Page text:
Joining Butterfield is a legion of youth actors that act little more than their age. Moises Arias as Bonzo and Hailee Steinfeld as Petra both do caricatures of the seething bully and flirty love interest but Abigail Breslin as Ender’s sister Valentine is really the most reined in of these child performers. Her character is harmony, her performance refined, a nice counterpoint to the violent lifestyle that Ender’s profession has surrounded him by. She and bullying older brother Peter are the fulcrum points around which Ender measures himself. As Colonel Graff says, he needs to fall somewhere between them. He must harness both violence and peace – he must become a cocktail of serenity and rage.
As Ender trains to become a commander, he must undergo physical challenges that hone his motor skills and mental games meant to whet his battlefield acuity. In a turn of revamped Quidditch – except without brooms, magic, or gravity – the “launchies” spent most of their days training in an arena-based game of space dodge-bullet, where they earn points for blasting each other with stunners. Like Quidditch, the game can be won, regardless of points accumulated, if one team member passes through their opponents’ gate unscathed. Unlike Quidditch, this tournament has bearing outside the arena as the victor will go on to lead Earth’s army against the evil bug aliens. Perhaps this convoluted plot point is more an issue with the source material than the movie, but I’ve never heard of a Superbowl winning team captain going on to lead an army.
Why the young launchies must spend so much time pushing their bodies to the limit when all eventual warfare is exclusively done through drone command is never addressed. Nor is the fact that regardless of the grueling training, none of the launchies – all of whom are on one side or the other of the scrawny-to-chubby spectrum – seem to put on any bulk or shed any pounds. They’re all in the same physical shape as day one. Surely this has to do with the fact that the film employs underage performers, and you can’t quite push a 12-year old to shed pounds like Christian Bale, but oversights like this are noticeable throughout and work to diminish the sense of reality director Gavin Hood is working so hard to create.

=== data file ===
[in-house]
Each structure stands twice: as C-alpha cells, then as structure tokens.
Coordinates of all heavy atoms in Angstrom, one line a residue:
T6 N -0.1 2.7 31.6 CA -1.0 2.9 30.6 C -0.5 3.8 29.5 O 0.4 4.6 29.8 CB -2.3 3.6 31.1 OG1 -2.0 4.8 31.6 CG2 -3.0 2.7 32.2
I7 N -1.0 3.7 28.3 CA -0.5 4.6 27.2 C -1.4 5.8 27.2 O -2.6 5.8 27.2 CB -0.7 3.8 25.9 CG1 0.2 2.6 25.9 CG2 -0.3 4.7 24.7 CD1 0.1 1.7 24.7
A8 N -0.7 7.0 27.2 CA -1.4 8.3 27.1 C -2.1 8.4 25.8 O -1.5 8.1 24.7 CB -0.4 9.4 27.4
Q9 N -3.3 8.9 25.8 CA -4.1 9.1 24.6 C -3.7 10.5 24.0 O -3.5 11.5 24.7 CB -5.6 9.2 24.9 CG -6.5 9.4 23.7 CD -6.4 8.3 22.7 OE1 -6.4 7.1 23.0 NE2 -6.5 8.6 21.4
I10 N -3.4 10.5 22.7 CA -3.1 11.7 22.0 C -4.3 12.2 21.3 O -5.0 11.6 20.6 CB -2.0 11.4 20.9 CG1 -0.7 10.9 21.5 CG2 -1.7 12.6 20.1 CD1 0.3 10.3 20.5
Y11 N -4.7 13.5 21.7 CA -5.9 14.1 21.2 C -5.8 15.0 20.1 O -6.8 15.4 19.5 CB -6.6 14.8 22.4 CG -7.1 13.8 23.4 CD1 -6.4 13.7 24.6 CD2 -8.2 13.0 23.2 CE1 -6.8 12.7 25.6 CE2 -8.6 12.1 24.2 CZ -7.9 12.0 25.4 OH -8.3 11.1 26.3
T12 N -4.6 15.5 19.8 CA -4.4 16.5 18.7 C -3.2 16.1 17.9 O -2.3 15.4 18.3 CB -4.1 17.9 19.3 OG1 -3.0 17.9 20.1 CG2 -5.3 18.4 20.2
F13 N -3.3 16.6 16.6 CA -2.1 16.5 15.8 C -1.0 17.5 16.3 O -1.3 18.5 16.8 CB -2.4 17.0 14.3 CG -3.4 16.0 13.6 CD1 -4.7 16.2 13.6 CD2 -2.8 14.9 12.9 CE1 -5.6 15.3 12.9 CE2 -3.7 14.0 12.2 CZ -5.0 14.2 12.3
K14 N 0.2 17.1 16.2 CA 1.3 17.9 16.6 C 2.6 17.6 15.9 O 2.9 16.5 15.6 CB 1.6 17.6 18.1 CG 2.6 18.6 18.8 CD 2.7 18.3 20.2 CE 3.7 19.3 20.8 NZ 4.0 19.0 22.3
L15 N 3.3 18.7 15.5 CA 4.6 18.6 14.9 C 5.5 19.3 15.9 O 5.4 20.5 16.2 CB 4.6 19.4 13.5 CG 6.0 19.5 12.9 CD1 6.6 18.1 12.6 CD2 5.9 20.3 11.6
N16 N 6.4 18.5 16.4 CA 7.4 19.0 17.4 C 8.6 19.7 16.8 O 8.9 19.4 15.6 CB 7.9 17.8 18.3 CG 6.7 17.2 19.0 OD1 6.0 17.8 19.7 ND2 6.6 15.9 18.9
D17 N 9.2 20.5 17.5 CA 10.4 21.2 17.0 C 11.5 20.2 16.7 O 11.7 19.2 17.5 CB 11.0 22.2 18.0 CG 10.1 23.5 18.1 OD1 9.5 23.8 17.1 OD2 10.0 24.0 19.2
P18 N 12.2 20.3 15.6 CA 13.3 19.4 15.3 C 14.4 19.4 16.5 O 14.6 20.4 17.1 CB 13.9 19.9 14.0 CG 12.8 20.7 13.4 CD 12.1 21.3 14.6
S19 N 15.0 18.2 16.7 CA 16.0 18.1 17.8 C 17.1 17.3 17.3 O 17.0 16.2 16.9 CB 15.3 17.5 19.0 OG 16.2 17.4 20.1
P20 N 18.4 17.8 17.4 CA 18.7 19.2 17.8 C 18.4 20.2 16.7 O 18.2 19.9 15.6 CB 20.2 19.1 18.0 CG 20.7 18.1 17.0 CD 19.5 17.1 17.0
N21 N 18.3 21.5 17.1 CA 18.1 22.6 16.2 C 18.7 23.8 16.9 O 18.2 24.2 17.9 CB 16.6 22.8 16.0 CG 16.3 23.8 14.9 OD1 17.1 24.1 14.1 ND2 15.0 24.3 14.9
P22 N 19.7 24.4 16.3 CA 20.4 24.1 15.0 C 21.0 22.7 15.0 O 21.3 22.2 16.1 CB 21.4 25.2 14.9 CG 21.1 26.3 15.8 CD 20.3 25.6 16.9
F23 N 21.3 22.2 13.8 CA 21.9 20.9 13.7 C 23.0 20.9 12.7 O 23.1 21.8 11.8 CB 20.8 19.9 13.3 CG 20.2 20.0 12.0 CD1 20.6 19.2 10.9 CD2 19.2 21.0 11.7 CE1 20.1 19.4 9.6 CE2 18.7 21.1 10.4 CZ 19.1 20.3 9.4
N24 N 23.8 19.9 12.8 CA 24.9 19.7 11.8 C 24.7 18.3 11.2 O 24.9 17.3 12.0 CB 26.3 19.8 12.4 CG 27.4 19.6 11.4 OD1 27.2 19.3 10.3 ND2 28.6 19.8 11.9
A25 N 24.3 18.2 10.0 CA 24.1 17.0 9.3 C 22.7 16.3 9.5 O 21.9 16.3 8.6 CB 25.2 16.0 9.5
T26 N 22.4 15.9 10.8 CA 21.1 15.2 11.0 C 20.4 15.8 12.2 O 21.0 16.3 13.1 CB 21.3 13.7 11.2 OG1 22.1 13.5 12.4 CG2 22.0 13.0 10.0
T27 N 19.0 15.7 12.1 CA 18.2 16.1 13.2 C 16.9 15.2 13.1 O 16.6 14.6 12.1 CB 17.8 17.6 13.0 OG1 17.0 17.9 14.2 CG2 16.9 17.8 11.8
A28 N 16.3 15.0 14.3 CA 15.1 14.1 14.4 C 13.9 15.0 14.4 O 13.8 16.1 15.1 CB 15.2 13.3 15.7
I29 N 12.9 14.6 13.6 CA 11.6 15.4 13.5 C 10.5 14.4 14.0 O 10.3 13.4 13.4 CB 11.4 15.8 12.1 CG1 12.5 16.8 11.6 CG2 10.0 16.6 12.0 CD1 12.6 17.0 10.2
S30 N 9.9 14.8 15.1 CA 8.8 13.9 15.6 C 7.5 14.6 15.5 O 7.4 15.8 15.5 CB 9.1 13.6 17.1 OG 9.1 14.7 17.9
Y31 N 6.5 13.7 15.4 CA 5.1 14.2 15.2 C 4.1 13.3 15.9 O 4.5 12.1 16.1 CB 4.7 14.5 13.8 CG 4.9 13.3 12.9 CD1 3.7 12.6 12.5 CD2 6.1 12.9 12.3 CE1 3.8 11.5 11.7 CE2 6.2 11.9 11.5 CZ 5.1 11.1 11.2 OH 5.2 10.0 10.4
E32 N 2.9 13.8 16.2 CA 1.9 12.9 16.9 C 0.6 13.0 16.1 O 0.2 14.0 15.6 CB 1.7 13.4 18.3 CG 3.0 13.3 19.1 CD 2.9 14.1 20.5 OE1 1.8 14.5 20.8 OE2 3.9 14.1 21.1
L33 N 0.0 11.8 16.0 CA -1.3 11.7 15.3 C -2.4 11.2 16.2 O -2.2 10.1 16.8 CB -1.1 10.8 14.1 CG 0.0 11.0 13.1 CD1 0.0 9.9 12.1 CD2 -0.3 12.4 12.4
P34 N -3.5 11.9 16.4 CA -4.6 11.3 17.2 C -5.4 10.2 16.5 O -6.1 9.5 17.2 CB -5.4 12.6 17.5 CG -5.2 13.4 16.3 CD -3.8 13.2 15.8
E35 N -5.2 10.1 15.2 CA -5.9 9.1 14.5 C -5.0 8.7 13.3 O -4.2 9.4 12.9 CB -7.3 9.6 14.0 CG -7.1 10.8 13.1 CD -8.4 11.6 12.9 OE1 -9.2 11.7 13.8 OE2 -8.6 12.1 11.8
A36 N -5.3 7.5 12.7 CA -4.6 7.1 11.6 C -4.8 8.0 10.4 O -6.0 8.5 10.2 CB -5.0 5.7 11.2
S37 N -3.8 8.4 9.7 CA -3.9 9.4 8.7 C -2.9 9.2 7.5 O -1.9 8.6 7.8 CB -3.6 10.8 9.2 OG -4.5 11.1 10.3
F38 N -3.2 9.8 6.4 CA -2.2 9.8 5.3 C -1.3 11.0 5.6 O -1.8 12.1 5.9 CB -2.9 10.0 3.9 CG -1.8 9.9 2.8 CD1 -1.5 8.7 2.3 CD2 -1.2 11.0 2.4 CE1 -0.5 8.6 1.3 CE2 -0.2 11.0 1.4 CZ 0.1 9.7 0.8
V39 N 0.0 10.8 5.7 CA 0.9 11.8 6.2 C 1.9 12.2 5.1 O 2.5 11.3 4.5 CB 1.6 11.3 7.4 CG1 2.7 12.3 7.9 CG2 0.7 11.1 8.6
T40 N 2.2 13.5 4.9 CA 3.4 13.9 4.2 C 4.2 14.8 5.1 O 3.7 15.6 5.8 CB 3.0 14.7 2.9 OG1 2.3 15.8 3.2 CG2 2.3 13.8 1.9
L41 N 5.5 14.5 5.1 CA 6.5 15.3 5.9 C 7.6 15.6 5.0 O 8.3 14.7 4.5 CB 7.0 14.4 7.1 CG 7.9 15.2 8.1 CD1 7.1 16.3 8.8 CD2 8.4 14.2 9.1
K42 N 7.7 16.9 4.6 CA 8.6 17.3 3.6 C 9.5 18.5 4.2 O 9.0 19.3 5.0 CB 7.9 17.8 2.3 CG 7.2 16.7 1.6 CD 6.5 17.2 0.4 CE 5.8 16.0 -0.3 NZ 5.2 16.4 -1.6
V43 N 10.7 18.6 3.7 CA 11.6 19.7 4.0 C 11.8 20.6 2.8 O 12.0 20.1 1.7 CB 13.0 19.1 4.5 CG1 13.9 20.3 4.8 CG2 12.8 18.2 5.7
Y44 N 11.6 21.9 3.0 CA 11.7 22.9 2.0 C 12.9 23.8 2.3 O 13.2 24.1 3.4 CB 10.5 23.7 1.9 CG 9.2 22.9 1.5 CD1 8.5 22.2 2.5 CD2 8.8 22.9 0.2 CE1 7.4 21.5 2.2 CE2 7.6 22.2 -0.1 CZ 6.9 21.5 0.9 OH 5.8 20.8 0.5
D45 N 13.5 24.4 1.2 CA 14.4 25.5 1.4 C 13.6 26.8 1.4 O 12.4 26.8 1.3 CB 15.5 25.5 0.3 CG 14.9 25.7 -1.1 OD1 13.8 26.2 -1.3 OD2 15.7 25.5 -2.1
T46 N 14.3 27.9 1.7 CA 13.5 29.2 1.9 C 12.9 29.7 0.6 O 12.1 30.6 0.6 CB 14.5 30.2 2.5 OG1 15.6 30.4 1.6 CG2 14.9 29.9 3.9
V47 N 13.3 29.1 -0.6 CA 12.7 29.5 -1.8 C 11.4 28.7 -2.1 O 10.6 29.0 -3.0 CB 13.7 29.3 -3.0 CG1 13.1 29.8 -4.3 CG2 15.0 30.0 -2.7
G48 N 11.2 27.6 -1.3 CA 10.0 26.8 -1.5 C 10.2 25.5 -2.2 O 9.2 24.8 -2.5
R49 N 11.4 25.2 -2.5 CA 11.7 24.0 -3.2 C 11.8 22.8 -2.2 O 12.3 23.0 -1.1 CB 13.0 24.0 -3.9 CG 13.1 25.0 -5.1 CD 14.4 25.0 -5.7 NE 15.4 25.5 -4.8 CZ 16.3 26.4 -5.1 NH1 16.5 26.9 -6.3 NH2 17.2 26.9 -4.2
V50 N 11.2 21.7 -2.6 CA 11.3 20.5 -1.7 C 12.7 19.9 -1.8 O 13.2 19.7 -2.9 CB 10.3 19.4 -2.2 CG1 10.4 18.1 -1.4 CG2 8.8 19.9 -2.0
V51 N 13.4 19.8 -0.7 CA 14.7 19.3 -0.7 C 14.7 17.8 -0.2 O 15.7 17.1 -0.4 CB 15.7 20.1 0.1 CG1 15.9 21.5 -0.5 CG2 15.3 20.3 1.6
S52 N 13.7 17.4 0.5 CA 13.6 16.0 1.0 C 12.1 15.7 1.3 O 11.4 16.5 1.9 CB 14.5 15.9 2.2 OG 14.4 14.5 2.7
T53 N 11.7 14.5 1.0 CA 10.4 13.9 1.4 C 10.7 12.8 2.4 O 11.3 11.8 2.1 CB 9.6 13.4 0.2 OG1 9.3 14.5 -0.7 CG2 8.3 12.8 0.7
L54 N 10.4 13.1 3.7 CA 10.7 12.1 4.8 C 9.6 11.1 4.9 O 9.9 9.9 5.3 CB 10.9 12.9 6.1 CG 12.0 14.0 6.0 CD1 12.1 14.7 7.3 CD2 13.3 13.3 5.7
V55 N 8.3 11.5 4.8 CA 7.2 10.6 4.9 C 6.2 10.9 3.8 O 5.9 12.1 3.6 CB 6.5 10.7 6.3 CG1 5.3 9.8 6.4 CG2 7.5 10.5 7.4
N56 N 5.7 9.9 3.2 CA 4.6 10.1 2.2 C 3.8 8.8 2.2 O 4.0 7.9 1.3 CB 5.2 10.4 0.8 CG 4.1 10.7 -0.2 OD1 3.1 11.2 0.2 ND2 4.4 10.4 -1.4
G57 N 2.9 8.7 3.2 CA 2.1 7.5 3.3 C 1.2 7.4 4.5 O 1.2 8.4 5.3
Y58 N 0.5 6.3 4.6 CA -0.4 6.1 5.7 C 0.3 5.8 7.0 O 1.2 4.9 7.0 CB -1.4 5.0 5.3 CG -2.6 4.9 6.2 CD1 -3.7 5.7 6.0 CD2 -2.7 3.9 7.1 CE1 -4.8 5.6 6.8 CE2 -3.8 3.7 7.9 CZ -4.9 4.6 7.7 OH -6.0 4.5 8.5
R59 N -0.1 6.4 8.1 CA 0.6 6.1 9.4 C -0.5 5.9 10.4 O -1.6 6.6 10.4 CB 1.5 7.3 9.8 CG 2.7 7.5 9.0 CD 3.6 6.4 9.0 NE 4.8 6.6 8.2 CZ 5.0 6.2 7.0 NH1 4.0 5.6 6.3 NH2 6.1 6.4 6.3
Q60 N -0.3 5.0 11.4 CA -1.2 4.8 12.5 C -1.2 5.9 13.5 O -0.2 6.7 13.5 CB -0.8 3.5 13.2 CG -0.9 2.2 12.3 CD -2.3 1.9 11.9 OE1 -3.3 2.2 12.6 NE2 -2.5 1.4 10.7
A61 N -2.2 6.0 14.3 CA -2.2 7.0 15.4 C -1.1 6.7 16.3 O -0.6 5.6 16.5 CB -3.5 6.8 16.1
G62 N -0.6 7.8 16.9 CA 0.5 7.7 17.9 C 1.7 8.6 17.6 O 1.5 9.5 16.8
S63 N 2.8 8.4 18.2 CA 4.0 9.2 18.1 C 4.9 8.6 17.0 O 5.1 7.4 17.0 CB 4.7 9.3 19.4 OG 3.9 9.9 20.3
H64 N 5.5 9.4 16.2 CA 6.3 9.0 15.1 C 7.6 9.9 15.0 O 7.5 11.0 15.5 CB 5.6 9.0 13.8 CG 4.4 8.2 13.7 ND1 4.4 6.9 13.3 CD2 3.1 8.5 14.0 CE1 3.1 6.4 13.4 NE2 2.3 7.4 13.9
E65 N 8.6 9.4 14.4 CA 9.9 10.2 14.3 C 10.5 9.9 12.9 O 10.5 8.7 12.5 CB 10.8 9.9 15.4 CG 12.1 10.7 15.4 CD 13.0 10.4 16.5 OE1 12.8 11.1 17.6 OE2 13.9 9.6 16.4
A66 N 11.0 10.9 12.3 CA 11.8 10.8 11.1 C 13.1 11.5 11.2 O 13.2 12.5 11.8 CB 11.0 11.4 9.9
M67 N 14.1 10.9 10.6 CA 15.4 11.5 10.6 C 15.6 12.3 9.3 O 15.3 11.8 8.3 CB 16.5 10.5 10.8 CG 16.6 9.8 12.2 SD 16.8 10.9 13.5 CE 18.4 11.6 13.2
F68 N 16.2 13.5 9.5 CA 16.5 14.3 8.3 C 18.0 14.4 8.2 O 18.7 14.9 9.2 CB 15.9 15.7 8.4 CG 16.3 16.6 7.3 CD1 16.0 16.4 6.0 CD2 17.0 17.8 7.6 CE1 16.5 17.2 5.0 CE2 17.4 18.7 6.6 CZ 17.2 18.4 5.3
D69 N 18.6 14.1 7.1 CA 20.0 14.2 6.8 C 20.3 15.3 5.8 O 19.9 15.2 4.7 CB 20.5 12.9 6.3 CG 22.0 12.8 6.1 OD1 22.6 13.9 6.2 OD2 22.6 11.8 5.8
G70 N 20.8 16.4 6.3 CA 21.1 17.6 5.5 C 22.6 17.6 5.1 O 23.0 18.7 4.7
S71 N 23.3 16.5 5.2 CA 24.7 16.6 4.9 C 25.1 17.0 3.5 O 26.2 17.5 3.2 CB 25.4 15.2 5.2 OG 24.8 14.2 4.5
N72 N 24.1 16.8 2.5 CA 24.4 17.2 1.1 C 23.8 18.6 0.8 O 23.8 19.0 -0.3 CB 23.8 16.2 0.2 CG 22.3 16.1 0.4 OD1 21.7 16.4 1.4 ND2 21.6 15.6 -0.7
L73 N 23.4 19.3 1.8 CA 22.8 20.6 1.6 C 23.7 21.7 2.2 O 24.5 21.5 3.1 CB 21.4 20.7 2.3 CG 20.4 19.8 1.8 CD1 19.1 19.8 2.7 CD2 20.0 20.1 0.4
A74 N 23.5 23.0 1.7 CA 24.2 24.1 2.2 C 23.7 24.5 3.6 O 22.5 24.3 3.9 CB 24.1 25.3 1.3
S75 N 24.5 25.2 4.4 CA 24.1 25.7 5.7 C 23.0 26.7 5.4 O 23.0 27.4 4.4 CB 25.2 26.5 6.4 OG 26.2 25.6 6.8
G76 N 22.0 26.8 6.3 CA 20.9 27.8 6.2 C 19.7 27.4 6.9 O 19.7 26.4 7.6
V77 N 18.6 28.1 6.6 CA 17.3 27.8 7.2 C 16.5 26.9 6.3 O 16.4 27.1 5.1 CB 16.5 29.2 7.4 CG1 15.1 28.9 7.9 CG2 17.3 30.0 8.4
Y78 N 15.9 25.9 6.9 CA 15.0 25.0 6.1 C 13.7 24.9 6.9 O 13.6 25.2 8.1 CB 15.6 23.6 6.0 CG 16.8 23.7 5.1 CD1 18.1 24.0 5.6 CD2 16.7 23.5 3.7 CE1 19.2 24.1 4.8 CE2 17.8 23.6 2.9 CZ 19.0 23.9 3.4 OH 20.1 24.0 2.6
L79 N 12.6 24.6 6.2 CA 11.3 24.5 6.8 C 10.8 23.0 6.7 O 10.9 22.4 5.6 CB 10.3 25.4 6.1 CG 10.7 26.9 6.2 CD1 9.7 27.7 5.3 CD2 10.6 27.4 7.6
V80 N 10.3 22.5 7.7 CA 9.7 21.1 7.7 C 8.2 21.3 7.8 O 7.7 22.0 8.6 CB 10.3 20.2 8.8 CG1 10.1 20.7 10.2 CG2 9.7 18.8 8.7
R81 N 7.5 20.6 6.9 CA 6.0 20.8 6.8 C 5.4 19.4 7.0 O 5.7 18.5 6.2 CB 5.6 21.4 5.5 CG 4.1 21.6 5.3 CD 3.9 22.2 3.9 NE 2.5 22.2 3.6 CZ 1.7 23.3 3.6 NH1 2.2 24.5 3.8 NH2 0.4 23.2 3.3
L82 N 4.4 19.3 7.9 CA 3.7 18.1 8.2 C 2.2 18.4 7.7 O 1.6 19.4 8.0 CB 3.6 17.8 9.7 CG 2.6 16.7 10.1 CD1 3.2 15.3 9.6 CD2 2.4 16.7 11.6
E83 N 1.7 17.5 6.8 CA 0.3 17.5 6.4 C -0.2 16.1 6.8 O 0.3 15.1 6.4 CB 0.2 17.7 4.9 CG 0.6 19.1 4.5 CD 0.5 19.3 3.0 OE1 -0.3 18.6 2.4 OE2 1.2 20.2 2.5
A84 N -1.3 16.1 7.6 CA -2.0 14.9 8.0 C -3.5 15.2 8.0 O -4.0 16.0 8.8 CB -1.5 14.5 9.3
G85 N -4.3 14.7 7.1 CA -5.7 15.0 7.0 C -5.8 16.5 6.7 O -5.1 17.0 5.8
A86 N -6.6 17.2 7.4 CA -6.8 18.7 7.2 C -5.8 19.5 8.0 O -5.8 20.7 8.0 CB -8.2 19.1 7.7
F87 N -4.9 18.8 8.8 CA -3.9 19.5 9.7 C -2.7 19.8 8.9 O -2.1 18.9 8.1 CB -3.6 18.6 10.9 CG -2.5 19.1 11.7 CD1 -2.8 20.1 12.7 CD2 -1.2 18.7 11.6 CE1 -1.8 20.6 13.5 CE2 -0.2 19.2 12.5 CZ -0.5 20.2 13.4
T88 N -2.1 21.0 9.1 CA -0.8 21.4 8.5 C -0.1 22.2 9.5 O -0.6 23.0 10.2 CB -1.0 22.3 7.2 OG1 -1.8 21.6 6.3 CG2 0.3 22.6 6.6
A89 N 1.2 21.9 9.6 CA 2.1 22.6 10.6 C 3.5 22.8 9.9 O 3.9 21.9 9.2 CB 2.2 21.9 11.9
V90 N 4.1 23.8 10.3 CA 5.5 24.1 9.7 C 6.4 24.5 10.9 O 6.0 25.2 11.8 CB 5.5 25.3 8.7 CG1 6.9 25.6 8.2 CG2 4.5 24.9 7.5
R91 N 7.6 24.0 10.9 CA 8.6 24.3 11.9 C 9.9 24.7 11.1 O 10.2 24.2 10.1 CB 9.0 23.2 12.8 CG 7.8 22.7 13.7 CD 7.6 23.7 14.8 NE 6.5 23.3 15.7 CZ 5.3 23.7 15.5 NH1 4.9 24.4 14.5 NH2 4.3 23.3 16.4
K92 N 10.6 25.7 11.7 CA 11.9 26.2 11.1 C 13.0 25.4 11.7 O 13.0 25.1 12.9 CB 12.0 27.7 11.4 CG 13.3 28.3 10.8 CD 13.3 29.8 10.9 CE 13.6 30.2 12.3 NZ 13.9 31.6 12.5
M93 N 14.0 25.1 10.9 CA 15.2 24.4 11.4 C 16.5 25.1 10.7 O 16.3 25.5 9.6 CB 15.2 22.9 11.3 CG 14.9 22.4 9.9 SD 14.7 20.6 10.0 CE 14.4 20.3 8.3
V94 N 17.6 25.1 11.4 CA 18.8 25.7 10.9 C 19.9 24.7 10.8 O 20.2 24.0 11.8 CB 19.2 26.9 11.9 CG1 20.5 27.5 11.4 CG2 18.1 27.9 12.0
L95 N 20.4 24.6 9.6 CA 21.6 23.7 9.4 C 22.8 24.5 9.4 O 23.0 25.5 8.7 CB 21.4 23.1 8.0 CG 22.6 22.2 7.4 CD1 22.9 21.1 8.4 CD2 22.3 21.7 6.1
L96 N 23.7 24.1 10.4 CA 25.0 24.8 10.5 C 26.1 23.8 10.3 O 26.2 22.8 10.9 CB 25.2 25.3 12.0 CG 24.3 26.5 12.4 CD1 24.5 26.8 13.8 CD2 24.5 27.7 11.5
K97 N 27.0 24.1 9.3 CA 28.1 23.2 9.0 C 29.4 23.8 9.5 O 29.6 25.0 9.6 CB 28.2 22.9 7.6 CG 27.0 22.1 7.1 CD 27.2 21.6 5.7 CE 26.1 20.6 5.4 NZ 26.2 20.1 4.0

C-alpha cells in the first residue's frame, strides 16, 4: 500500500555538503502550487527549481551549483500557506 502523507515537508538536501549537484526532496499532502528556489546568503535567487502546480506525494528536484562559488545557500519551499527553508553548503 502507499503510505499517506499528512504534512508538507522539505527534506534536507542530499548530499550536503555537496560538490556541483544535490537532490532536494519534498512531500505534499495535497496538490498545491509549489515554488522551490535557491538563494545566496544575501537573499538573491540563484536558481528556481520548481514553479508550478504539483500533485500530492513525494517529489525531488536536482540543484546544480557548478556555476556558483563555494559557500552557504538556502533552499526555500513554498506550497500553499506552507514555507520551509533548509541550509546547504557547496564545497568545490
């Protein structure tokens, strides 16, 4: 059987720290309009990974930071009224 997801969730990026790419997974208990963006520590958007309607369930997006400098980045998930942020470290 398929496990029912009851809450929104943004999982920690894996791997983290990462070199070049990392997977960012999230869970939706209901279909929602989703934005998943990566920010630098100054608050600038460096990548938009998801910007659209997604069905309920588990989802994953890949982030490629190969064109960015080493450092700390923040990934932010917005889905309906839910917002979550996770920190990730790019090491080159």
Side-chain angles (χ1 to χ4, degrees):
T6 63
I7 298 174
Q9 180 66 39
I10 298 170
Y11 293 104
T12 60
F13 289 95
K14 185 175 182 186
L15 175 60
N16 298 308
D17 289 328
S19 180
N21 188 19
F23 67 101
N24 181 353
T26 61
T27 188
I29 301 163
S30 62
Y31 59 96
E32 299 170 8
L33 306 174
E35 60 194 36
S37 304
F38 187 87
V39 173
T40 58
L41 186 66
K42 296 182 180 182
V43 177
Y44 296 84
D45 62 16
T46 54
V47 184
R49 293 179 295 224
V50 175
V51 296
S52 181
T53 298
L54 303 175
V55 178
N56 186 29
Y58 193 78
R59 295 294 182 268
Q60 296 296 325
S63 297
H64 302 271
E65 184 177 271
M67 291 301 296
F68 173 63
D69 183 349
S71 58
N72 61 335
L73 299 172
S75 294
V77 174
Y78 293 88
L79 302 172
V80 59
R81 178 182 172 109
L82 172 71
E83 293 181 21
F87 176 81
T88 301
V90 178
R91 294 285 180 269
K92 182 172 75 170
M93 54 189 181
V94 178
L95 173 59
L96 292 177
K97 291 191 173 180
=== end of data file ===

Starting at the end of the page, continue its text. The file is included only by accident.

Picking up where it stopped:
As the film pushes towards a close, the inevitable last act twist is somewhat foreseeable but nevertheless cements the relative worth of the film. Barking out commands with the crackly voice of a teen in metamorphosis, Ender leads his troops to video-simulated victory after victory until a crushing reality is revealed: maybe it’s not a game after all.
In blurring the lines between video game violence and real world violence, Hood explores the hefty moral consequences of drone warfare, even when he’s being too clunky for his own good. While I admit to not having read the book, the ending comes out of left field, begging for a sequel and an impending franchise. There’s a delicate art to franchise building that used to revolve around worth but nowadays is left at the behest of the filmmaker. It’s as if a “what comes next?” cliffhanger is a necessity for any movie that costs over $100 million dollars. The question is: if you build it, will they come?
While the communist undertones, expressed here as the “hive mentality,” may be outdated now, many of the issues seen in Ender’s Game are even more relevant today than they were when it was written (i.e. drone warfare, bullying, surveillance, video game violence, child soldiers, etc.) However, Hood can’t help himself but to let them fly in your face, like the drilling of drones in the film’s finale, never really developing the ever-important why? behind it all.